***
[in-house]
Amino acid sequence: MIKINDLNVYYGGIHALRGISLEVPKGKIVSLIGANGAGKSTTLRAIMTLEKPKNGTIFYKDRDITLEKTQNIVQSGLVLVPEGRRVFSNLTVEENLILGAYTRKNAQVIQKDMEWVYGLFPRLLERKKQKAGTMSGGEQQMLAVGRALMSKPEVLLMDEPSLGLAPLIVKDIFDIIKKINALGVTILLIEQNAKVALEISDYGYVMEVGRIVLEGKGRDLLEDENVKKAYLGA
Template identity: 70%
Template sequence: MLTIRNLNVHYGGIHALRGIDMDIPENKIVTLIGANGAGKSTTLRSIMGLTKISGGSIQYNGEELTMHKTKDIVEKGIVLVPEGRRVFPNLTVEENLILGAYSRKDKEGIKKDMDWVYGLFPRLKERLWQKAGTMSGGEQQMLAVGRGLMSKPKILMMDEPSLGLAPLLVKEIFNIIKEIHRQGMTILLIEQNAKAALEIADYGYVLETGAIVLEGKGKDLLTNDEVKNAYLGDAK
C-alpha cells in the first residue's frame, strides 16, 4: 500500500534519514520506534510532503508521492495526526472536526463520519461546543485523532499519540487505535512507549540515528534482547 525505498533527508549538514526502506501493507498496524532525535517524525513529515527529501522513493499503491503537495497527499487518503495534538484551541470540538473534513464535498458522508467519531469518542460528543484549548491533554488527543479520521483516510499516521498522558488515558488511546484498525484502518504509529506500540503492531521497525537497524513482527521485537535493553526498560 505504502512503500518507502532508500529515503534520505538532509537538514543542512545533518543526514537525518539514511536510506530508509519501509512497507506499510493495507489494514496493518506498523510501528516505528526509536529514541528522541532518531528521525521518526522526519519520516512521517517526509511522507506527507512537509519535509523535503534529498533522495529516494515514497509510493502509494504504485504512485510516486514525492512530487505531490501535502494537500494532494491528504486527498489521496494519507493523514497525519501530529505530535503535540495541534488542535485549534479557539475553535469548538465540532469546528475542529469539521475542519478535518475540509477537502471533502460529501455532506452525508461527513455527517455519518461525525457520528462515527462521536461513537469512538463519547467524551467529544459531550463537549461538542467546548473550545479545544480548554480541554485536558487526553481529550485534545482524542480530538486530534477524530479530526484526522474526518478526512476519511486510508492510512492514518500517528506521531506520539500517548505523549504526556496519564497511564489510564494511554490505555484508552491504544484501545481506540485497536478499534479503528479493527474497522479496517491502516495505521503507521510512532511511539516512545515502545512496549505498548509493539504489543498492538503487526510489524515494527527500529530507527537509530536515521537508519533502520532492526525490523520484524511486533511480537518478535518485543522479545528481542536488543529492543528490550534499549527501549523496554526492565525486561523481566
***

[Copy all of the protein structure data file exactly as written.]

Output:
[in-house]
Amino acid sequence: MIKINDLNVYYGGIHALRGISLEVPKGKIVSLIGANGAGKSTTLRAIMTLEKPKNGTIFYKDRDITLEKTQNIVQSGLVLVPEGRRVFSNLTVEENLILGAYTRKNAQVIQKDMEWVYGLFPRLLERKKQKAGTMSGGEQQMLAVGRALMSKPEVLLMDEPSLGLAPLIVKDIFDIIKKINALGVTILLIEQNAKVALEISDYGYVMEVGRIVLEGKGRDLLEDENVKKAYLGA
Template identity: 70%
Template sequence: MLTIRNLNVHYGGIHALRGIDMDIPENKIVTLIGANGAGKSTTLRSIMGLTKISGGSIQYNGEELTMHKTKDIVEKGIVLVPEGRRVFPNLTVEENLILGAYSRKDKEGIKKDMDWVYGLFPRLKERLWQKAGTMSGGEQQMLAVGRGLMSKPKILMMDEPSLGLAPLLVKEIFNIIKEIHRQGMTILLIEQNAKAALEIADYGYVLETGAIVLEGKGKDLLTNDEVKNAYLGDAK
C-alpha cells in the first residue's frame, strides 16, 4: 500500500534519514520506534510532503508521492495526526472536526463520519461546543485523532499519540487505535512507549540515528534482547 525505498533527508549538514526502506501493507498496524532525535517524525513529515527529501522513493499503491503537495497527499487518503495534538484551541470540538473534513464535498458522508467519531469518542460528543484549548491533554488527543479520521483516510499516521498522558488515558488511546484498525484502518504509529506500540503492531521497525537497524513482527521485537535493553526498560 505504502512503500518507502532508500529515503534520505538532509537538514543542512545533518543526514537525518539514511536510506530508509519501509512497507506499510493495507489494514496493518506498523510501528516505528526509536529514541528522541532518531528521525521518526522526519519520516512521517517526509511522507506527507512537509519535509523535503534529498533522495529516494515514497509510493502509494504504485504512485510516486514525492512530487505531490501535502494537500494532494491528504486527498489521496494519507493523514497525519501530529505530535503535540495541534488542535485549534479557539475553535469548538465540532469546528475542529469539521475542519478535518475540509477537502471533502460529501455532506452525508461527513455527517455519518461525525457520528462515527462521536461513537469512538463519547467524551467529544459531550463537549461538542467546548473550545479545544480548554480541554485536558487526553481529550485534545482524542480530538486530534477524530479530526484526522474526518478526512476519511486510508492510512492514518500517528506521531506520539500517548505523549504526556496519564497511564489510564494511554490505555484508552491504544484501545481506540485497536478499534479503528479493527474497522479496517491502516495505521503507521510512532511511539516512545515502545512496549505498548509493539504489543498492538503487526510489524515494527527500529530507527537509530536515521537508519533502520532492526525490523520484524511486533511480537518478535518485543522479545528481542536488543529492543528490550534499549527501549523496554526492565525486561523481566